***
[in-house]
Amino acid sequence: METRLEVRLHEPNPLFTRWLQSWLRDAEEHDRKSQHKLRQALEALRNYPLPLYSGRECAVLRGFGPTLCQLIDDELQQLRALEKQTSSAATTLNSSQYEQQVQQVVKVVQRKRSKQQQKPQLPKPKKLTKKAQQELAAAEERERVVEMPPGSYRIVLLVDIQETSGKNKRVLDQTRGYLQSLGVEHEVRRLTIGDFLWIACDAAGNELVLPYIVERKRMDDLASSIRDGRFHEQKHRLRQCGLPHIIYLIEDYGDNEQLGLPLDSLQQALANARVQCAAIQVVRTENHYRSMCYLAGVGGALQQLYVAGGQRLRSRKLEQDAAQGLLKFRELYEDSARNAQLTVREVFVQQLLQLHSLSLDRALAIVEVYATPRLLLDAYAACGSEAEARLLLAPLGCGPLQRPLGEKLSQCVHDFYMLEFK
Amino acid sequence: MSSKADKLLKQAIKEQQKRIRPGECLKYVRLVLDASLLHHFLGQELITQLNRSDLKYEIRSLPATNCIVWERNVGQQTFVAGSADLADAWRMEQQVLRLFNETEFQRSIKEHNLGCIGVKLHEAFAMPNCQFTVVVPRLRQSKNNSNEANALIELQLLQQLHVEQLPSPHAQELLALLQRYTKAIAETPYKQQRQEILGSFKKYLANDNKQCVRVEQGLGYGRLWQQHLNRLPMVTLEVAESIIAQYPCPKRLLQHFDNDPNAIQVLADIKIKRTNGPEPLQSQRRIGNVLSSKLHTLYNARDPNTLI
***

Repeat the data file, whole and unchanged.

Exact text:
[in-house]
Amino acid sequence: METRLEVRLHEPNPLFTRWLQSWLRDAEEHDRKSQHKLRQALEALRNYPLPLYSGRECAVLRGFGPTLCQLIDDELQQLRALEKQTSSAATTLNSSQYEQQVQQVVKVVQRKRSKQQQKPQLPKPKKLTKKAQQELAAAEERERVVEMPPGSYRIVLLVDIQETSGKNKRVLDQTRGYLQSLGVEHEVRRLTIGDFLWIACDAAGNELVLPYIVERKRMDDLASSIRDGRFHEQKHRLRQCGLPHIIYLIEDYGDNEQLGLPLDSLQQALANARVQCAAIQVVRTENHYRSMCYLAGVGGALQQLYVAGGQRLRSRKLEQDAAQGLLKFRELYEDSARNAQLTVREVFVQQLLQLHSLSLDRALAIVEVYATPRLLLDAYAACGSEAEARLLLAPLGCGPLQRPLGEKLSQCVHDFYMLEFK
Amino acid sequence: MSSKADKLLKQAIKEQQKRIRPGECLKYVRLVLDASLLHHFLGQELITQLNRSDLKYEIRSLPATNCIVWERNVGQQTFVAGSADLADAWRMEQQVLRLFNETEFQRSIKEHNLGCIGVKLHEAFAMPNCQFTVVVPRLRQSKNNSNEANALIELQLLQQLHVEQLPSPHAQELLALLQRYTKAIAETPYKQQRQEILGSFKKYLANDNKQCVRVEQGLGYGRLWQQHLNRLPMVTLEVAESIIAQYPCPKRLLQHFDNDPNAIQVLADIKIKRTNGPEPLQSQRRIGNVLSSKLHTLYNARDPNTLI